David E. Hiebert (1928-1995) says that the words “and the one who be dismayed is not perfected in love” restate the Apostle John’s nonpersonal principle, “There is no fear in love,” in personal terms. The conjunction “and” implies that something further needs to be said about the believer whose life is harassed by terror. The phrase “the one who fears” pictures an individual whose life is habitually beset with uneasiness. Love “is not yet perfected” in them. So, they are unable to attain their intended goal in their life. Therefore, the believer is the sphere in which God’s agápē works. So, to remove all dread, the believer must be brought into an enduring fellowship with God. This is so true! Sometimes we are our biggest obstacle in obtaining the level of spiritual living God is looking for in our lives. We may blame it on everything else, but as the Prophet, Nathan, told King David, “You are that person.”
Simon J. Kistemaker (1930-2017) looks at verse seventeen for practical purposes. He notes that TV viewers can witness courtroom sessions almost daily. We have become accustomed to the judge, jury, defendant, plaintiff, and lawyers. We hear the verdict and the innocent acquitted and the guilty sentence. Often, we witness the expressions of uncontrolled emotions. These emotions depict, from time-to-time anxiety and fear. At other times joy and happiness. Every human will have to appear before the judgment throne of the Anointed One. Feelings of guilt and remorse will fill the hearts of all those who have refused to obey God’s commands, believe His Word, and accept the Anointed One as Savior. Their hearts will be filled with anguish, for they realize that the Judge will sentence them to everlasting punishment because of their unforgiven sins. Those who have lived in fellowship with the Father and the Son have nothing to fear. Their hearts are filled with joy and love. And they will hear the word “acquitted” from the lips of Jesus. He will say to the Father, “I have paid it all.”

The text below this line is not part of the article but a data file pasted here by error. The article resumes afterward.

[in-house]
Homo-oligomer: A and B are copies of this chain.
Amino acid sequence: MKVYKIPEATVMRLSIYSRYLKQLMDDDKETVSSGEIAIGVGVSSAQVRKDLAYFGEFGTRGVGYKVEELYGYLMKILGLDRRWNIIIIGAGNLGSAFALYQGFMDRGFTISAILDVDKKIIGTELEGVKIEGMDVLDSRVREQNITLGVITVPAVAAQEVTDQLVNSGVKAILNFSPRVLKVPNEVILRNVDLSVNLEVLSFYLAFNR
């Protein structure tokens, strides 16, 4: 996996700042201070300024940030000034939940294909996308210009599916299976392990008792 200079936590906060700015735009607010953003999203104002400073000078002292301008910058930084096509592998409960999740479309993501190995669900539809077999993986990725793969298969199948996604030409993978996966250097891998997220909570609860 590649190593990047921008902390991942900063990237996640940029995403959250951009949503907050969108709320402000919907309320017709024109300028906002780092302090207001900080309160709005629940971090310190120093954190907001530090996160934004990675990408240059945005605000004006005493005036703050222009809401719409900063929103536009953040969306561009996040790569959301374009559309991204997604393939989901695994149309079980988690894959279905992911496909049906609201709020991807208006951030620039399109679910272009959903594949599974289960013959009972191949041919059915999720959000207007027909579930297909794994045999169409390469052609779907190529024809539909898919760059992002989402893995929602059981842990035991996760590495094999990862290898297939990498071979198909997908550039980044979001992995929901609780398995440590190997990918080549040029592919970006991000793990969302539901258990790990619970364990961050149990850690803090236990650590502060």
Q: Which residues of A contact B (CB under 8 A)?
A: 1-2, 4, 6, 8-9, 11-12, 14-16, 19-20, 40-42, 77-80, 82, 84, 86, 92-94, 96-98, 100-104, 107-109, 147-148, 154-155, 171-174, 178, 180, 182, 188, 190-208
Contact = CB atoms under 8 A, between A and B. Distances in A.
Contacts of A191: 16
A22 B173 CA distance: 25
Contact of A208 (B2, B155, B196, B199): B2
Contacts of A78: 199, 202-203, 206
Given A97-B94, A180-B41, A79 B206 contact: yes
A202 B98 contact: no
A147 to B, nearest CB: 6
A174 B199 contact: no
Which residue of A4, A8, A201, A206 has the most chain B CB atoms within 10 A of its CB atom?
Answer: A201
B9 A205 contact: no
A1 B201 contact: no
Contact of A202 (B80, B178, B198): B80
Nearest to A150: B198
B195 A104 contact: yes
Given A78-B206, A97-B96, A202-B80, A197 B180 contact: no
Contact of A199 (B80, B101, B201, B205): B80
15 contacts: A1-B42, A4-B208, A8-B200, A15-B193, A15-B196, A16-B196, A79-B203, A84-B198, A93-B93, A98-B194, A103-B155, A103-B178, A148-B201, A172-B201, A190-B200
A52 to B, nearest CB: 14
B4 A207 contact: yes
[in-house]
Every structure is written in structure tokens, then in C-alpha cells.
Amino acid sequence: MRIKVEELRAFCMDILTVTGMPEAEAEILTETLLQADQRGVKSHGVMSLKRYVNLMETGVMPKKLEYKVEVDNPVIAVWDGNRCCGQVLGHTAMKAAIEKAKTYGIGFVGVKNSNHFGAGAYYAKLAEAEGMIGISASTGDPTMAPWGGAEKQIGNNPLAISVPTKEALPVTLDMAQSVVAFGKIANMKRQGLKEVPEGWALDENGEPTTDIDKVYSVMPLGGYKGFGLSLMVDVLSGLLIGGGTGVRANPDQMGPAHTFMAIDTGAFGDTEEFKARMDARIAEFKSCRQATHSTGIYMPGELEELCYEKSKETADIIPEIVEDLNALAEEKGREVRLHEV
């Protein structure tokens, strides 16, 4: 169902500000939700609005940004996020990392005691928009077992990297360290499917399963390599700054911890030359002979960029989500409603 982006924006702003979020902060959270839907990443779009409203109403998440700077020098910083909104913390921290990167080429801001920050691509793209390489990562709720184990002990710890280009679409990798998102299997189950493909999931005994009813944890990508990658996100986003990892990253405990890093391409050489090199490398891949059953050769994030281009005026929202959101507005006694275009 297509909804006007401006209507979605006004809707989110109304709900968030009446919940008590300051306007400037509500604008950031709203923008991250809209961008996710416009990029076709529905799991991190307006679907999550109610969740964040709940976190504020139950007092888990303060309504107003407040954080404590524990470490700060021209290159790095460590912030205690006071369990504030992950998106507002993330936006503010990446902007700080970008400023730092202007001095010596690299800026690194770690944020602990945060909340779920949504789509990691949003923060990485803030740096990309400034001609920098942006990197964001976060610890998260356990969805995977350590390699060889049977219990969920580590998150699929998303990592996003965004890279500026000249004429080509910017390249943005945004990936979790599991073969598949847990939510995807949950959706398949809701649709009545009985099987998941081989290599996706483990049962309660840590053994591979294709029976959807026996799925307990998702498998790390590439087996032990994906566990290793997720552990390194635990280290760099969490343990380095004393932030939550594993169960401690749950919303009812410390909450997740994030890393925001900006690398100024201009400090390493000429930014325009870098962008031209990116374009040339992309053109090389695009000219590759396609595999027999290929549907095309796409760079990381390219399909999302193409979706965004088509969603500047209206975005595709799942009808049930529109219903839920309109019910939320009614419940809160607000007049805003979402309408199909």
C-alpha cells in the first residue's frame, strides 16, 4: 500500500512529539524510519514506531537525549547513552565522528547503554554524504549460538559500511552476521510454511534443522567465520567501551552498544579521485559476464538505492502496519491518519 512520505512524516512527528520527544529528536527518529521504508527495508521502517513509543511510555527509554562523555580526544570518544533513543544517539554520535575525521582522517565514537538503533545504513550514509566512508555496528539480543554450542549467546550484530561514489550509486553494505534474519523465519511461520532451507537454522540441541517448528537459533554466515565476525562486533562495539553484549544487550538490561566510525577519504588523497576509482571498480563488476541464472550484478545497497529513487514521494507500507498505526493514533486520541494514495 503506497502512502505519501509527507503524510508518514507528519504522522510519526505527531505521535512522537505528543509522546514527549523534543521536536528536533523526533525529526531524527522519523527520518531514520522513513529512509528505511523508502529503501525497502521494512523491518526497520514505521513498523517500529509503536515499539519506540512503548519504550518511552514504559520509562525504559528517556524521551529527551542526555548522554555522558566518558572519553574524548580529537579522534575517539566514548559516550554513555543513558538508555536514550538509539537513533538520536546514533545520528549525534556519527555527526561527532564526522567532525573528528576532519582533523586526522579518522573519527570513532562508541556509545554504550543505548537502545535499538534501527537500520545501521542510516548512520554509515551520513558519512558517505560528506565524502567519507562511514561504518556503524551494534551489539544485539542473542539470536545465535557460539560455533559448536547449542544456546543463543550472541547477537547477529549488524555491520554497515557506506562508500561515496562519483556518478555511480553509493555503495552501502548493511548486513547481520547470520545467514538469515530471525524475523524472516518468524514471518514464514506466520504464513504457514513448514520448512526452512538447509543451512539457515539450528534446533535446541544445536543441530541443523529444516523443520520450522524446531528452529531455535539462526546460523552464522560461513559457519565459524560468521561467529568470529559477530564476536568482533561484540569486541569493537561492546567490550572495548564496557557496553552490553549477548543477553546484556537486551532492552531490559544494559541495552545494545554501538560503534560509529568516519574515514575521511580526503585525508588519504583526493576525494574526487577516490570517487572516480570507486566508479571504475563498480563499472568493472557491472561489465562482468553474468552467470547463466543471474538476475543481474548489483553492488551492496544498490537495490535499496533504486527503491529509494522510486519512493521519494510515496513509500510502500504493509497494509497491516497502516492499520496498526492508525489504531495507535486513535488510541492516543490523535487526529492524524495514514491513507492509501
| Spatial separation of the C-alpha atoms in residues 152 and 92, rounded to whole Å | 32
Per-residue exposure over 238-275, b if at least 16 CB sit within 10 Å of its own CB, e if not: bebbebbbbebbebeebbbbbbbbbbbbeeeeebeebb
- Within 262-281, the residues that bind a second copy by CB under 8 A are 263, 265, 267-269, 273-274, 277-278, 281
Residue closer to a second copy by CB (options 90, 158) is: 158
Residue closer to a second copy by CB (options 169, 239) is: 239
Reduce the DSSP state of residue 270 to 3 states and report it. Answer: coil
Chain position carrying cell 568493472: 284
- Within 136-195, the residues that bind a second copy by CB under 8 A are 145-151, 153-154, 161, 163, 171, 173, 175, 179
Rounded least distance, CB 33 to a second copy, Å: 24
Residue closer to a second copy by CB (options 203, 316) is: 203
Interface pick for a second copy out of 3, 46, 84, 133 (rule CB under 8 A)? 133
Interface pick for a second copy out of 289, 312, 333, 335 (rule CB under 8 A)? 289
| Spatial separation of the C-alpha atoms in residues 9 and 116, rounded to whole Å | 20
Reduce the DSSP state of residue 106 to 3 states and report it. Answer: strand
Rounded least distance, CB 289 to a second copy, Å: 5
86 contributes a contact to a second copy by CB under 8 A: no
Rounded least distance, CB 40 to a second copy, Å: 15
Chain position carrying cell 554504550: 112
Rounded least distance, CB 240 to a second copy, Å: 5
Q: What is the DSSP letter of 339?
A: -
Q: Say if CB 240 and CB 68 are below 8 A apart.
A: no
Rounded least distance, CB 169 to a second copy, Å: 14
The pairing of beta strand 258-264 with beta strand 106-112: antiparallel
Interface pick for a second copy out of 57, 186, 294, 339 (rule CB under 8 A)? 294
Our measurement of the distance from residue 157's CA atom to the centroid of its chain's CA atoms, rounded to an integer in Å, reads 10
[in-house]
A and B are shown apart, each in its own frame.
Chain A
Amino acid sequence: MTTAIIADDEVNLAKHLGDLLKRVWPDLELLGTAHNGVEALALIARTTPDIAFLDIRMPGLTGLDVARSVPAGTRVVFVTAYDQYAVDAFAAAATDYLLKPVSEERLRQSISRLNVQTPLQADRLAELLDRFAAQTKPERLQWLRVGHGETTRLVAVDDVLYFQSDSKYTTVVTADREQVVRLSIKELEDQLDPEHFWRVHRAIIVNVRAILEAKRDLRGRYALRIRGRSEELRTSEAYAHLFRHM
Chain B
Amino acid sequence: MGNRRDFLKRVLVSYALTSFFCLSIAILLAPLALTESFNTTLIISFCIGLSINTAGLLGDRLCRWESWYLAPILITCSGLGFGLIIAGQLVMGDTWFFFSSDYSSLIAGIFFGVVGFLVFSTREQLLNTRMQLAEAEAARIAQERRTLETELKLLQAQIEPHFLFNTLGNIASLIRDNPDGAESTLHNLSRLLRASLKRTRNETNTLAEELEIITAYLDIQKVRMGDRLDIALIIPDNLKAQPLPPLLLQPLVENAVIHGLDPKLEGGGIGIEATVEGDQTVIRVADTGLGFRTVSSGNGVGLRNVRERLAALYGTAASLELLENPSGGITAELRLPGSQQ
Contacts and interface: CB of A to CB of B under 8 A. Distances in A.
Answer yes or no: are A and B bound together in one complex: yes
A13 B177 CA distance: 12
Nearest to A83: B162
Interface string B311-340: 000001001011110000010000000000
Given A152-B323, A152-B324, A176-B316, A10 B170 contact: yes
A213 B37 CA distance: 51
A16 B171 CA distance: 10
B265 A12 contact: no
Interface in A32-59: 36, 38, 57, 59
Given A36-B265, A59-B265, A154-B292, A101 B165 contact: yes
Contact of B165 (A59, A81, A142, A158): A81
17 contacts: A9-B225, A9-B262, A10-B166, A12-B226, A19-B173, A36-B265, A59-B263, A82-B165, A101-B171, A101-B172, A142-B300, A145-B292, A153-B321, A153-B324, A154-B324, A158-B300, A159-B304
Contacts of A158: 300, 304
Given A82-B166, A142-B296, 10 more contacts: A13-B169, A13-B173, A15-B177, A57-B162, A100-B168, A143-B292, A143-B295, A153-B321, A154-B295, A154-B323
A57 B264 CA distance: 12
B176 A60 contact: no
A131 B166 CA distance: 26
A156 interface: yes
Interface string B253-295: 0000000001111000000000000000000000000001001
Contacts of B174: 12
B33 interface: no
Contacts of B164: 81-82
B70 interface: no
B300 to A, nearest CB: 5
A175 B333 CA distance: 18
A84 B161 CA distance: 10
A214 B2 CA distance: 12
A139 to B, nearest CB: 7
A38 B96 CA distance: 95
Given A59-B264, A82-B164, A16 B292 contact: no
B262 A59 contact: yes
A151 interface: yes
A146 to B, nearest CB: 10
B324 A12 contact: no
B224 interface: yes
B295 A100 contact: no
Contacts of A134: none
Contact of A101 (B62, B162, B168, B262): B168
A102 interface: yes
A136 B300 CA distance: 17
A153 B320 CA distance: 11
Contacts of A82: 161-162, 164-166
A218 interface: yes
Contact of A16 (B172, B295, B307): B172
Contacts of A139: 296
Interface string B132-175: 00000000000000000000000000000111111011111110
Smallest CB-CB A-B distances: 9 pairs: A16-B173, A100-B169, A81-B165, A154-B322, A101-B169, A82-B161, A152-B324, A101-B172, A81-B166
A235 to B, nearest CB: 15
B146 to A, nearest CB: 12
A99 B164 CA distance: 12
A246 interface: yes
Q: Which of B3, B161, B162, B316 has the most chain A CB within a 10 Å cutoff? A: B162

Hora novissima: Latin term for “last hour.”
 Isaiah 2:19 – Authorized Revised Version (ARV)
 Wilder, Amos N., The Interpreter’s Bible, op. cit., 1 John, Exposition, p. 286
 Matthew 5:23-24
 Ibid. 18:15-17
 Lloyd-Jones, Martyn: Life in the Anointed One, op. cit., pp. 541-542
 John 5:24
 Ibid. 5:22, 27
 A verbal parallel to this clause is provided by Philo where, speaking of the effects of shame and fear in one who has broken the eighth commandment, he says, “for it is only disgraceful actions which cause shame, and the other is a sign of his thinking it deserving of punishment.” Philo, The Special Laws, IV. I. (6)
 John 3:18
 Bruce, F. F., The Epistles of John: A Verse-by-Verse Exposition. Kingsley Books, Inc. Kindle Edition
 Pfister, Oskar: Das Christentum und die Angst. Eine religion psychologische, historishe und religion psychologische Untersuching, Published by Artemis Verlag, Zurich, 1944, 1,4888ff
 Hans-Josef Klauck (1948), Universitát Wurzburg, Deutschland
 Cf. 1 John 3:1
 See ibid. 2:13ff; 4:4; 5:4
 Schnackenburg, Rudolf: The Johannine Epistles, op. cit., pp. 224-225
 Burdick, Donald W., The Epistles of John, op. cit., p. 79
 Cf. Hebrews 5:7
 Cf. Romans 8:14-15; See 2 Timothy 1:7
 See Matthew 25:46
 Cf. Job 3:25
 Stott, John. The Letters of John (Tyndale New Testament Commentaries), op. cit., pp. 169-170
 Hiebert, David E., Bibliotheca Sacra, op. cit., January-March 1990, pp. 85-86
 2 Samuel 12:7
 Revelation 6:15-17
 Kistemaker, Simon J., New Testament Commentary, op. cit., p. 341